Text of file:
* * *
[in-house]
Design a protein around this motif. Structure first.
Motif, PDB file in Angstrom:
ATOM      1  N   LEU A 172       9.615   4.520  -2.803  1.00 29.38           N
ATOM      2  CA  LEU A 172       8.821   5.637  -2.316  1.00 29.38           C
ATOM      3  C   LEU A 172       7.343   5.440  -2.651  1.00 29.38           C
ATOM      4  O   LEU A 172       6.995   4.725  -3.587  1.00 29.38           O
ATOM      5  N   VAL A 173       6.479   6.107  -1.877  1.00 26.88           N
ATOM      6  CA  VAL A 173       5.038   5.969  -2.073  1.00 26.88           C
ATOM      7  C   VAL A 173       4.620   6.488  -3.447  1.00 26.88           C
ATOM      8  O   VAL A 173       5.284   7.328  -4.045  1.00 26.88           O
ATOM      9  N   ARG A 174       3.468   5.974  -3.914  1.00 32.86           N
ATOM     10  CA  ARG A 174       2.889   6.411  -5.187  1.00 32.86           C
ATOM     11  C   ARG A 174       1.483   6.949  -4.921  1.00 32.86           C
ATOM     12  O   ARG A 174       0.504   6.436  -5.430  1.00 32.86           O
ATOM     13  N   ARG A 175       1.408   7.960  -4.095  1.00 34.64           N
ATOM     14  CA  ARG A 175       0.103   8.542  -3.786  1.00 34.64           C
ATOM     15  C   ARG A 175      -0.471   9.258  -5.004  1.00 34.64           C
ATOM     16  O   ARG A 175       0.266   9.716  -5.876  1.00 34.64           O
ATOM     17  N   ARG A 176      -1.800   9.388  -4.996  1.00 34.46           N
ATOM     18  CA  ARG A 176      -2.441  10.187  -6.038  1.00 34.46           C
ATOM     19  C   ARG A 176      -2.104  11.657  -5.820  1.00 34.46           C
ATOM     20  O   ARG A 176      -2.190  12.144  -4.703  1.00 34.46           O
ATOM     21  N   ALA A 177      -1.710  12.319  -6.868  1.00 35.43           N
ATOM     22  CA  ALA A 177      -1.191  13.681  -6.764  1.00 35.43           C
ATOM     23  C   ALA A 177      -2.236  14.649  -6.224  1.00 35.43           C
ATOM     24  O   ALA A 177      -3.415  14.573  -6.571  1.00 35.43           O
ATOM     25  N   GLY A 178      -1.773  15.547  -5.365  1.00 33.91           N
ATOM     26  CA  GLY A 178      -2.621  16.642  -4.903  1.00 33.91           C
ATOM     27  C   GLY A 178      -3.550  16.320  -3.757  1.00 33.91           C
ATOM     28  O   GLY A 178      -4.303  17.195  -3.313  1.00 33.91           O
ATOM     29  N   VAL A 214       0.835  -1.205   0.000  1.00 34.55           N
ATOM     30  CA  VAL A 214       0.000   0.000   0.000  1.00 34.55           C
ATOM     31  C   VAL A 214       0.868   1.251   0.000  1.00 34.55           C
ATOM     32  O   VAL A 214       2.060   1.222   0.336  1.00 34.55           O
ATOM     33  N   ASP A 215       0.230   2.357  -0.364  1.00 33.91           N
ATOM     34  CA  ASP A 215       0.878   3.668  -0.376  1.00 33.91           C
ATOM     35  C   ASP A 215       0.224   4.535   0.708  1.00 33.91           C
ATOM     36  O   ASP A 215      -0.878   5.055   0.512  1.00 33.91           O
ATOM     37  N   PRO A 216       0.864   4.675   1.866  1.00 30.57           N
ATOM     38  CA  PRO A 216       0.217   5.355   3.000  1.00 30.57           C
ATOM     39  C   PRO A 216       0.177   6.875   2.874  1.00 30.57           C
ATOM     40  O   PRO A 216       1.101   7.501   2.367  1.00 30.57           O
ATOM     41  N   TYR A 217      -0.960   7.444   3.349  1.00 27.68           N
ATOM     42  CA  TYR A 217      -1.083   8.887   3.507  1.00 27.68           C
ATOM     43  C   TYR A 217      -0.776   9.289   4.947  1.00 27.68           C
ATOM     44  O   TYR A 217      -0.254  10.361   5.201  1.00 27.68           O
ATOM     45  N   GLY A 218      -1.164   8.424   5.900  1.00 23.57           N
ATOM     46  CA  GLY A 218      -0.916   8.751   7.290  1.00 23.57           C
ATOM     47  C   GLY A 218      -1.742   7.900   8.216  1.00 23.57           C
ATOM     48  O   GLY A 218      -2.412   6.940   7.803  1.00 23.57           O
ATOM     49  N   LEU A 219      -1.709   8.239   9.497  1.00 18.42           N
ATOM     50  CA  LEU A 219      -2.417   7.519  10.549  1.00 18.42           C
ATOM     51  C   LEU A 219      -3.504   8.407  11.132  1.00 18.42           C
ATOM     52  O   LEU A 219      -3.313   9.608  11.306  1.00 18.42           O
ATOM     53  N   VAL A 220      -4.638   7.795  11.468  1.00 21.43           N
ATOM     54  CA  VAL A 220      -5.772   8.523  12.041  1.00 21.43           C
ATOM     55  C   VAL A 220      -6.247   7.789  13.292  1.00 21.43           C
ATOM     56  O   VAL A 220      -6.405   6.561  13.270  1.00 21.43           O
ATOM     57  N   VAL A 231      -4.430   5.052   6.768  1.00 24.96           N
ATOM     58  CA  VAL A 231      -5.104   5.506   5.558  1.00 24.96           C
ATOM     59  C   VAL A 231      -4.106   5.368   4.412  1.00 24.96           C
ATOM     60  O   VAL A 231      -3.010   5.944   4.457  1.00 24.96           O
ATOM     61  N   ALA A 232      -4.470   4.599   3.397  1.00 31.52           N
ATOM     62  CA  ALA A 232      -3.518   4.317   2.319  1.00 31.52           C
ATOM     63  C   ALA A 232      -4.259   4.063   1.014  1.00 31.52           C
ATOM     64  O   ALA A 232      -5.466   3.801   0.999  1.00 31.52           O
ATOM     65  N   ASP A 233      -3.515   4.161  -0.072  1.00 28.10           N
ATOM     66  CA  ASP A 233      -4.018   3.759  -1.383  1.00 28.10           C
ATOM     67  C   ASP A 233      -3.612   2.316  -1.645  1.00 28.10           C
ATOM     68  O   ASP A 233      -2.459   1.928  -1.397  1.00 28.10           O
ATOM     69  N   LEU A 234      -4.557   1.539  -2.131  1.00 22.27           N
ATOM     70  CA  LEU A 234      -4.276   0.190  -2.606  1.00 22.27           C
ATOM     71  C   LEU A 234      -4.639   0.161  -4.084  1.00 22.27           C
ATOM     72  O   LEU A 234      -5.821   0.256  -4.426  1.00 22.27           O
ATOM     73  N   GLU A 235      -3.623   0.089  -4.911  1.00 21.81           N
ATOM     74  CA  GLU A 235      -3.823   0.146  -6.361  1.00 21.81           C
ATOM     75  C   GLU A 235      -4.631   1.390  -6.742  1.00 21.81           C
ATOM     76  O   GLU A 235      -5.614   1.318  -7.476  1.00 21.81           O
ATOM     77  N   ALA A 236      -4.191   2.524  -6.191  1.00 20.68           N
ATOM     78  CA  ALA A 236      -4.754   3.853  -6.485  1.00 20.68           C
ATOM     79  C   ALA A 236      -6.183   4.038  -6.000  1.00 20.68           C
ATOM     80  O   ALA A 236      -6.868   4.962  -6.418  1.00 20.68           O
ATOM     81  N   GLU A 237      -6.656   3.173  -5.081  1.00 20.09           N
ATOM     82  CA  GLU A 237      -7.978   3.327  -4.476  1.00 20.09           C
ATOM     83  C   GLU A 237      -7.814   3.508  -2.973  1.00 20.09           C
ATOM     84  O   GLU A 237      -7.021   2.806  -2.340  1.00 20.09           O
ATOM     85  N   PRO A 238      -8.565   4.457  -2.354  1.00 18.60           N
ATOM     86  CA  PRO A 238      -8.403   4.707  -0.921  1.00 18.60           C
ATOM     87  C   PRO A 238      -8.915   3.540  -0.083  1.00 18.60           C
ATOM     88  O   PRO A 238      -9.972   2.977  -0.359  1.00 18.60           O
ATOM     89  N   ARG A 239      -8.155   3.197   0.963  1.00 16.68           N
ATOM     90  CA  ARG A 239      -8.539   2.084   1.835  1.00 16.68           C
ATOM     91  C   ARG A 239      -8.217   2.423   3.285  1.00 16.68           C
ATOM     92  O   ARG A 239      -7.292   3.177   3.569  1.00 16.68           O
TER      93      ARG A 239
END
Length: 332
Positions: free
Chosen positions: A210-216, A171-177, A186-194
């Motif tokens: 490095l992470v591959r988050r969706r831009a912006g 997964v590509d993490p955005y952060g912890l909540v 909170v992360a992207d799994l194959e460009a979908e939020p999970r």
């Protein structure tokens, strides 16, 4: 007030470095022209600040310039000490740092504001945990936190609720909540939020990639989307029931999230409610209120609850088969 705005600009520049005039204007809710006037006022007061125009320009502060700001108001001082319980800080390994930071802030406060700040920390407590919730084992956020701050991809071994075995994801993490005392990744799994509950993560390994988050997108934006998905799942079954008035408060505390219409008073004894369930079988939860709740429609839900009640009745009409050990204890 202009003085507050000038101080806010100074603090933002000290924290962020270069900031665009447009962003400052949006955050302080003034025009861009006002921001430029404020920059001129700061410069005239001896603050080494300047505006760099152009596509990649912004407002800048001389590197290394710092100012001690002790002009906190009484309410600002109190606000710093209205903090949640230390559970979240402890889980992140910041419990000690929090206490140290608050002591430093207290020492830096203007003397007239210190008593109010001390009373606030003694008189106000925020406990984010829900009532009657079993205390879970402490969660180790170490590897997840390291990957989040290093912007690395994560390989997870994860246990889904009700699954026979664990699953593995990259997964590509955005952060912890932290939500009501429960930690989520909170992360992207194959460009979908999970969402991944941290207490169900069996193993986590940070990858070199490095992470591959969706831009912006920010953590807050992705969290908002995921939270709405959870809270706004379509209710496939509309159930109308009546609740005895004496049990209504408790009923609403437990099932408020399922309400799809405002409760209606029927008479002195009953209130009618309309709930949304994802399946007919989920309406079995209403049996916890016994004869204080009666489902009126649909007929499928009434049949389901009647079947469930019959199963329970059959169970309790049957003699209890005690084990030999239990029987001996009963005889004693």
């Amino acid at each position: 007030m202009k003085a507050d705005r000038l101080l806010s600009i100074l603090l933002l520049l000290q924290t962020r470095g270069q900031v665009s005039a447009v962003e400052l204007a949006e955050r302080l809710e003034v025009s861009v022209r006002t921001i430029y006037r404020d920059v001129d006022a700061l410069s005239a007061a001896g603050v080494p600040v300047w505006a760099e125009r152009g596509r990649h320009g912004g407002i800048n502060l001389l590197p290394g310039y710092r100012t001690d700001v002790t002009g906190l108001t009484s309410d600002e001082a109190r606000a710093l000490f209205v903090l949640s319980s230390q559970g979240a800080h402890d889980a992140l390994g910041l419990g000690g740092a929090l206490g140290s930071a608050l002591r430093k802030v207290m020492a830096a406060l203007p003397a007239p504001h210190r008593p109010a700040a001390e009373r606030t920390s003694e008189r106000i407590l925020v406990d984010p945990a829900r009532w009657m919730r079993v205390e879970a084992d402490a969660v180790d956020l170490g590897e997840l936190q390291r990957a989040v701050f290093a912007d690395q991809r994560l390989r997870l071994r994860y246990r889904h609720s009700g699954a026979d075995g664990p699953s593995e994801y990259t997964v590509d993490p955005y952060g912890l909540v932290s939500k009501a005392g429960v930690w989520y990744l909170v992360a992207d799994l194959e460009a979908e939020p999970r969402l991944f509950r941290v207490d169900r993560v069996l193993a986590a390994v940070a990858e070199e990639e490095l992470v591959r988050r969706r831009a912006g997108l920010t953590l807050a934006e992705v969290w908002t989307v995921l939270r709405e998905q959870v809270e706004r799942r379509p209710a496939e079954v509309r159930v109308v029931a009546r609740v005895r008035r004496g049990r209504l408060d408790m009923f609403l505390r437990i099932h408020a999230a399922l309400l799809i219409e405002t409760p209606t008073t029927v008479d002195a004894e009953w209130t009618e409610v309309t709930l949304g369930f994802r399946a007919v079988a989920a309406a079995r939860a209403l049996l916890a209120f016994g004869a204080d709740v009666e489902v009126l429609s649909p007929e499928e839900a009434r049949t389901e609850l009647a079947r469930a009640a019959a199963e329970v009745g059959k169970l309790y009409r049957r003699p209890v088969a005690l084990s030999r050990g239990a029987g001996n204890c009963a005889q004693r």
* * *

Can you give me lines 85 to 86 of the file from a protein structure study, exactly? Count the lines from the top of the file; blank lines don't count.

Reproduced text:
ATOM     82  CA  GLU A 237      -7.978   3.327  -4.476  1.00 20.09           C
ATOM     83  C   GLU A 237      -7.814   3.508  -2.973  1.00 20.09           C